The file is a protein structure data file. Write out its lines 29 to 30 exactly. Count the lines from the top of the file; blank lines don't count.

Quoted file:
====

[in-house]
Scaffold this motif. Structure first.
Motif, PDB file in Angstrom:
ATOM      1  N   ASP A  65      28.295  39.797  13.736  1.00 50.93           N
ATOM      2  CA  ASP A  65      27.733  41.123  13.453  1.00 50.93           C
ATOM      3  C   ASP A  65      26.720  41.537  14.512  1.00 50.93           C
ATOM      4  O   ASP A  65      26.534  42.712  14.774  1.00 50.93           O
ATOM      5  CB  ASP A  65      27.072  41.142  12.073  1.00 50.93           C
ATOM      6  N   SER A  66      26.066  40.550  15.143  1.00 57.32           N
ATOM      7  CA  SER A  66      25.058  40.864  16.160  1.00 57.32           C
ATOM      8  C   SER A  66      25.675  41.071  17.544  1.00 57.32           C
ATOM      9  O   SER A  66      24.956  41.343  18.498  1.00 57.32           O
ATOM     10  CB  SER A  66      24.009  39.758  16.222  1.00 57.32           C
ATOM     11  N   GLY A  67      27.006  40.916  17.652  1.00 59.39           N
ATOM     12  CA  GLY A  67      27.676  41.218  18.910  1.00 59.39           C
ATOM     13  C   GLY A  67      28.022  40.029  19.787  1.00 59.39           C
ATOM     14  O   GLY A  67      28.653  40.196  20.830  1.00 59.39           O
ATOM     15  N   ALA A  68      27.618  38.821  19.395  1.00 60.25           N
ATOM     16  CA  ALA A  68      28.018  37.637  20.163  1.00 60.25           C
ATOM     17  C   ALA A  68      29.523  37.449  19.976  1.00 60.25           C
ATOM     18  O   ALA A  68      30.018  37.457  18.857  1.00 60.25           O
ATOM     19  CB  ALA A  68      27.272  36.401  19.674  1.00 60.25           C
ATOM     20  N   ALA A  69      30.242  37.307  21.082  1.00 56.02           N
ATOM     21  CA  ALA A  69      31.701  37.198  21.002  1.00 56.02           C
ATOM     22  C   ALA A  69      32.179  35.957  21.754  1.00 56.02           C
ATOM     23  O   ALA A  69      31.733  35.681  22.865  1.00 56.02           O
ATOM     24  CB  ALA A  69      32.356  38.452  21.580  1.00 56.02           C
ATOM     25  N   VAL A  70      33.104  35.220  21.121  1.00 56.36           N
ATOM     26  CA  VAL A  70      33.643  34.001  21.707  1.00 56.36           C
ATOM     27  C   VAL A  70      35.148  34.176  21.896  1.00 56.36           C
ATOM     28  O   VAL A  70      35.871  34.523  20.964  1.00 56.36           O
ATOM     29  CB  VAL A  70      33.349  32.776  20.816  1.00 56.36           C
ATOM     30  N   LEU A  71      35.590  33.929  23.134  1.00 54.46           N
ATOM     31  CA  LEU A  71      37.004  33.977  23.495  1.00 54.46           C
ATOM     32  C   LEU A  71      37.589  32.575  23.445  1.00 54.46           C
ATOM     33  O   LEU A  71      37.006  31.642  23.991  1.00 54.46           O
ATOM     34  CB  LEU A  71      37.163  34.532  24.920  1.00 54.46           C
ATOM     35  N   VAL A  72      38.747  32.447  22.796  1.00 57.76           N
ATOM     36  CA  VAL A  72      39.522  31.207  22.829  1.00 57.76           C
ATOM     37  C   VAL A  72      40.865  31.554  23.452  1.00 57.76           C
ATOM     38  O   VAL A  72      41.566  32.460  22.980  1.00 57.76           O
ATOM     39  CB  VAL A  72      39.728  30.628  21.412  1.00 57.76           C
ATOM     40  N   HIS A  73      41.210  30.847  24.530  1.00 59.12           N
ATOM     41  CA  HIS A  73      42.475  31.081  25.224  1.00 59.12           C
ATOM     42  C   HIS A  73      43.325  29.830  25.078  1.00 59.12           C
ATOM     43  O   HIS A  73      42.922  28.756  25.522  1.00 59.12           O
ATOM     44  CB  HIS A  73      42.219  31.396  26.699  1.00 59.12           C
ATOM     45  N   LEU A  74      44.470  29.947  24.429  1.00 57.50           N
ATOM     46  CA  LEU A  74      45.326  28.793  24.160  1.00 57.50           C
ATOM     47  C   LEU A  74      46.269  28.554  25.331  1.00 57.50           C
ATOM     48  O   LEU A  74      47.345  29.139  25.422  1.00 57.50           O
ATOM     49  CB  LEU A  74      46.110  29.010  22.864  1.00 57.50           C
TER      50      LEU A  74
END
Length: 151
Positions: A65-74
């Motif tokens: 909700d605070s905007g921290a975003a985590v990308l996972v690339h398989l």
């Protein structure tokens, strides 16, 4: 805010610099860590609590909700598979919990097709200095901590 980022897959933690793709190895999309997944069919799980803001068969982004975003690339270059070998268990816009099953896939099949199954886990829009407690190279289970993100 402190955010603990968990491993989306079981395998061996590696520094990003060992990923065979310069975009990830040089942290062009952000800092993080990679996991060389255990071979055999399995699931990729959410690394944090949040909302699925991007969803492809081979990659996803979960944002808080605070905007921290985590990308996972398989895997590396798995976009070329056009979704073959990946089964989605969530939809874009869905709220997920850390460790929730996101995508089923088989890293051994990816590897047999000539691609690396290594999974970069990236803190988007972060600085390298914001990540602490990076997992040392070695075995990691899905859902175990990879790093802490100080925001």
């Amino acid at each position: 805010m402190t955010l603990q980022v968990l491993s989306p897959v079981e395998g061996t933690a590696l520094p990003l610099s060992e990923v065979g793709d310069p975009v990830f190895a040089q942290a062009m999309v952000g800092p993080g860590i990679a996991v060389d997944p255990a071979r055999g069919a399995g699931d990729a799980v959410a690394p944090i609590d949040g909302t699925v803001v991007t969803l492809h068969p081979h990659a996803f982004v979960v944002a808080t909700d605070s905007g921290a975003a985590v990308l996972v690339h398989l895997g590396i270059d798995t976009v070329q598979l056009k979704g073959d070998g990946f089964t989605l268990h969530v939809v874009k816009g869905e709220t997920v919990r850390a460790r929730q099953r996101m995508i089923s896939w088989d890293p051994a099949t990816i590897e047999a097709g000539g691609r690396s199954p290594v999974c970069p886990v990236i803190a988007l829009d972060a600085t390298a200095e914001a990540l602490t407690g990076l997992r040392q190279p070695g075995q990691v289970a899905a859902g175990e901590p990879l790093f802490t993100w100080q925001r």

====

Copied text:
ATOM     26  CA  VAL A  70      33.643  34.001  21.707  1.00 56.36           C
ATOM     27  C   VAL A  70      35.148  34.176  21.896  1.00 56.36           C